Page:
Don’t cross paths with Jackie Floyd unless you’ve got time to spare.
The soft-spoken community leader is always ready to discuss the transformation of her west Louisville neighborhood. And after hearing her talk about ongoing positive changes, you may find yourself promising to get involved.
One of Floyd’s greatest abilities is inspiring people to act, say those who’ve worked with her. And as Louisville’s struggling urban neighborhoods continue to rebuild, it’s become a skill that’s desperately needed.
“For whatever reason, some people sometimes feel they can’t make a difference, they’re overwhelmed by the magnitude of what needs to be done,” said Kathleen O’Neil, who’s worked with Floyd on revitalizing the Russell neighborhood.
“… I think Jackie brings it down to a level to demonstrate to people that we all have not only a place in making things happen, but it’s really important that we step up and take that responsibility. It’s going to take each and every person.”
Floyd, 65, never saw herself becoming a community activist.
She spent much of her life caring for five children and her ailing husband, and when she first entered the nonprofit sector, she wasn’t working directly with people in her neighborhood.
New Directions, the authority’s partner agency, hired Floyd to lead the initiative’s community outreach, and she got to work encouraging neighbors to attend meetings and voice their opinions about the developing plans.
“That was my theme song,” Floyd said about seeking input. “In the black community, so many people have come down and said, ‘Hey, we’re here and we’re going to save you.’ Then when the money’s gone, they’re gone and the promises are broken.
“I’ve always given them credit about this,” Floyd said of the Vision Russell team. “Every step of the way they wanted input from the community.”
“She won’t let you sit on your laurels,” O’Neil said. “There’s more to be done.”
When her contract with Vision Russell ended, Floyd decided to continue her community work with the Center for Neighborhoods, a Louisville nonprofit that works to embolden community leaders.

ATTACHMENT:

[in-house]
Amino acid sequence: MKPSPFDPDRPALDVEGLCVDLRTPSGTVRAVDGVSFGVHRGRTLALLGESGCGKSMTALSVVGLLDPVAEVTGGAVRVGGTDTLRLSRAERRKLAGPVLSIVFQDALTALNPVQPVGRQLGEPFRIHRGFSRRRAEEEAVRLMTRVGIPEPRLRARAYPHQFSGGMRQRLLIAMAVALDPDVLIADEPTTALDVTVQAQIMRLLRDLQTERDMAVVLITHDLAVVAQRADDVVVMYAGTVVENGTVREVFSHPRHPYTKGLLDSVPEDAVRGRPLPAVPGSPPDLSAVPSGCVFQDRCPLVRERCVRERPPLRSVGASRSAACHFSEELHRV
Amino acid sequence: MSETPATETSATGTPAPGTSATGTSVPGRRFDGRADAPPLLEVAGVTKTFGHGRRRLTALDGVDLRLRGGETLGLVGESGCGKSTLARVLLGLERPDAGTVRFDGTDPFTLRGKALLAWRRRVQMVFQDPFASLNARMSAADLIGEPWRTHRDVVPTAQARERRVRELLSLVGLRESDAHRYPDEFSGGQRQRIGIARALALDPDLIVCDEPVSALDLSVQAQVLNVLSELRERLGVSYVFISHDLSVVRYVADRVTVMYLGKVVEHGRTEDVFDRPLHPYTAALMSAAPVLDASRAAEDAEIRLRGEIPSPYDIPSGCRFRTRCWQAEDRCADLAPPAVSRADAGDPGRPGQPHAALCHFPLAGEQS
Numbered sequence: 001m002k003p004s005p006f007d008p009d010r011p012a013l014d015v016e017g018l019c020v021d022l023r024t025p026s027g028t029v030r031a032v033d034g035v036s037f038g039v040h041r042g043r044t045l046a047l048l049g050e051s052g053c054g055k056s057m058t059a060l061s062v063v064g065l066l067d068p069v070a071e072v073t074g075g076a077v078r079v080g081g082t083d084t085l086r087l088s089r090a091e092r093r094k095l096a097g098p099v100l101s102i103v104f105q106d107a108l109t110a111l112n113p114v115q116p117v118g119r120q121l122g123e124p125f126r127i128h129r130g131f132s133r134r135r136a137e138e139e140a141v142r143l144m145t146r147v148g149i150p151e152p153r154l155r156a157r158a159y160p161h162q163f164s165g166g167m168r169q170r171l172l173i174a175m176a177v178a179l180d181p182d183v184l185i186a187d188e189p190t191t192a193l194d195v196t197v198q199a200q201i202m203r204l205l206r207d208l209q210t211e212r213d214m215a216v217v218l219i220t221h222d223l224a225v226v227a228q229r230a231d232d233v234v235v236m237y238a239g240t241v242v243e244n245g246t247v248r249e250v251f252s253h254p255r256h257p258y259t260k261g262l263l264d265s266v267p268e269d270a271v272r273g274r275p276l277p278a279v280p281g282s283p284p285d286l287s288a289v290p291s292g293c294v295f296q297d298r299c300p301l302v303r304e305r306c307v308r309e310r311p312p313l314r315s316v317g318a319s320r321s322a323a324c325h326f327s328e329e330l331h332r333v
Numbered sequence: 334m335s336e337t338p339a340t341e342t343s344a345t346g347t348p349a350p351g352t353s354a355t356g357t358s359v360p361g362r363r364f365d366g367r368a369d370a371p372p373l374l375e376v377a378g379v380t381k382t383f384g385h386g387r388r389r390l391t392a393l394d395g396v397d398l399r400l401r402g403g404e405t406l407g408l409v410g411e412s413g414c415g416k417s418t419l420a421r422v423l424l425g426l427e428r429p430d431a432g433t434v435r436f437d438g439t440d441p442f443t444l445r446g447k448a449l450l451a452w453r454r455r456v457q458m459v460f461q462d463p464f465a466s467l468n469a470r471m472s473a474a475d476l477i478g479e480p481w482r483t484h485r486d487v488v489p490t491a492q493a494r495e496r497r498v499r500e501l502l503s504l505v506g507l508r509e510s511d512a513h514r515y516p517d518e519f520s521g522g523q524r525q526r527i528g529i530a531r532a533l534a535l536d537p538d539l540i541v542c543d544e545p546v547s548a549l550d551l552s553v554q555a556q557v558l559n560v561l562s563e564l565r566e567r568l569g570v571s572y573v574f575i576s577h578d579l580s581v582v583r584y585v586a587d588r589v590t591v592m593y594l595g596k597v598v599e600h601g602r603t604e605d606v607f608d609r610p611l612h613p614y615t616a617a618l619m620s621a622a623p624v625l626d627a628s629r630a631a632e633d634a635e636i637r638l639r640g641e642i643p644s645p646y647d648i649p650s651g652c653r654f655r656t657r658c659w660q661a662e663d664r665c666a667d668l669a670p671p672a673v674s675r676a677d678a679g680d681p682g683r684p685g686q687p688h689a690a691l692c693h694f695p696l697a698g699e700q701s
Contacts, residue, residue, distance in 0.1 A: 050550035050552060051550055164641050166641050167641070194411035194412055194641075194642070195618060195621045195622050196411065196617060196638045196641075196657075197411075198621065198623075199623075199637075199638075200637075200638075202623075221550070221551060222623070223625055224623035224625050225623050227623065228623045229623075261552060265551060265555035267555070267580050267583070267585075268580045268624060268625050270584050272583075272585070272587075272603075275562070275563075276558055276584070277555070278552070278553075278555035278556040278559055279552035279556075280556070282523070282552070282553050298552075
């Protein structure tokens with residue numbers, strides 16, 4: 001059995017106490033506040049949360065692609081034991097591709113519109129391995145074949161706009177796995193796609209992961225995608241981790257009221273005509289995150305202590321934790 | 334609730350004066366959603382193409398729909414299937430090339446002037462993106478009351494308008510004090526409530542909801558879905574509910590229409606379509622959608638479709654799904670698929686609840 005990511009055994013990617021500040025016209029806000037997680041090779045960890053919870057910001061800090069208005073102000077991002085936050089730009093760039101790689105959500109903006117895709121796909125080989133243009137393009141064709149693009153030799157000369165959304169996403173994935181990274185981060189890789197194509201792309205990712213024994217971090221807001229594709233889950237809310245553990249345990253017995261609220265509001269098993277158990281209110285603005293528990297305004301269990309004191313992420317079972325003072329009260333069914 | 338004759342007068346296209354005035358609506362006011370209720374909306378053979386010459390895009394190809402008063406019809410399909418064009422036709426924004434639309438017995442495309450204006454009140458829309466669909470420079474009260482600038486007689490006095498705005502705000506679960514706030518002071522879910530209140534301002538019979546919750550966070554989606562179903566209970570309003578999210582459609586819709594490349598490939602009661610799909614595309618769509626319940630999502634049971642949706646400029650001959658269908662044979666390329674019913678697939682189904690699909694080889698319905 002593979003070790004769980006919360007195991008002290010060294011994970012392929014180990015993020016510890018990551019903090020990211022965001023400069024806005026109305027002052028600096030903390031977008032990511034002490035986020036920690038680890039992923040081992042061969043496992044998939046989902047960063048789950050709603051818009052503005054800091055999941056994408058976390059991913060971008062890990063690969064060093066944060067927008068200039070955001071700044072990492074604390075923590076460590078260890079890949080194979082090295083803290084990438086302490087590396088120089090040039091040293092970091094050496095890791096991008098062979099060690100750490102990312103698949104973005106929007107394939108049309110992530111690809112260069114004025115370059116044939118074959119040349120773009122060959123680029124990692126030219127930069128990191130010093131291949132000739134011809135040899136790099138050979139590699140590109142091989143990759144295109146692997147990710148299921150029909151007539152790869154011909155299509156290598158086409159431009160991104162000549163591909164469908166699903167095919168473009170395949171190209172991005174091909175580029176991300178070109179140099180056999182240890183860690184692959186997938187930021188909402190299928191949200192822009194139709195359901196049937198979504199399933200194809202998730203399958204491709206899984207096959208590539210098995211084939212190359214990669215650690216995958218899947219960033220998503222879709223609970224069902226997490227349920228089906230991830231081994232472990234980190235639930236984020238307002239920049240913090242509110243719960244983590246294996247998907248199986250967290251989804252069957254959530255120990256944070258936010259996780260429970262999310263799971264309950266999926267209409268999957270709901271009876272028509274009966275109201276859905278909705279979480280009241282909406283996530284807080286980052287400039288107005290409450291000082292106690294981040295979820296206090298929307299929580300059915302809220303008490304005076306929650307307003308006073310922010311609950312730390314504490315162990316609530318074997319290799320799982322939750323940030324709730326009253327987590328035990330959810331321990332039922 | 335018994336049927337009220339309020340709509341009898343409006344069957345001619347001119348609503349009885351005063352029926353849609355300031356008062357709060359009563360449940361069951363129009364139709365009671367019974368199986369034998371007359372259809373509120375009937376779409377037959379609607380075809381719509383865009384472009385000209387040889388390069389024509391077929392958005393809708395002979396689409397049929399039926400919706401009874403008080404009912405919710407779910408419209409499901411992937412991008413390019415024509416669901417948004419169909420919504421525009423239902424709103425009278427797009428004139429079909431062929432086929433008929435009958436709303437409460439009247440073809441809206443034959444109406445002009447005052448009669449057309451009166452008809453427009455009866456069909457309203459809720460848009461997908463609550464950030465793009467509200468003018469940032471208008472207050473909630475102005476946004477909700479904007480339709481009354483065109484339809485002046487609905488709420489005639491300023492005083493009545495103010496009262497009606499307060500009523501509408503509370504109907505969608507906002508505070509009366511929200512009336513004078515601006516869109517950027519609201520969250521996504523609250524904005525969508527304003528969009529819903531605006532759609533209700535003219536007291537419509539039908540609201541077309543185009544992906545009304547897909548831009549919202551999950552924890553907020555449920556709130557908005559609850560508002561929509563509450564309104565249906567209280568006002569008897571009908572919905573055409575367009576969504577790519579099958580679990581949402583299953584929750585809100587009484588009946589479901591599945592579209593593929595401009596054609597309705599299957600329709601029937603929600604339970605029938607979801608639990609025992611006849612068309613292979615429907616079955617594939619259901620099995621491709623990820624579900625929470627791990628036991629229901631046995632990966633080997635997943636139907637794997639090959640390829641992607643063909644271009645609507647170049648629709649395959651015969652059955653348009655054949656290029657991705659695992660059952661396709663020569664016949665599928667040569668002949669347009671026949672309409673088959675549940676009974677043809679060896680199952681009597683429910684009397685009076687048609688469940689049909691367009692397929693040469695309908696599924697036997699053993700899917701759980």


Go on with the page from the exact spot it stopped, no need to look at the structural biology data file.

As a neighborhood liaison, Floyd works with people who want to start neighborhood associations and block clubs within her designated Metro Council districts. And she calls on the groups to support each other when issues arise.
Earlier this year, Floyd asked associations in several west Louisville neighborhoods to speak against plans for an unwanted liquor store in the Russell area.
“I called everybody in my contact list, saying ‘you be there for me, and I’ll be there for you,'” Floyd said. “I know that if they have a similar problem, I’m going to be there for them. We have to stick together.”
Tom Stephens, executive director of the Center for Neighborhoods, said Floyd has a way of speaking to people across generations that makes them want to get involved.
She’s known to have kitchen conversations with elderly neighbors who can’t leave their homes, and she’s learned how to interact with teens while raising her 14-year-old grandson.
“Whether she was doing this professionally, getting paid or not, she’s going to be out there doing this work,” Stephens said. “… I haven’t gone anywhere in her neighborhoods where someone didn’t already know her.”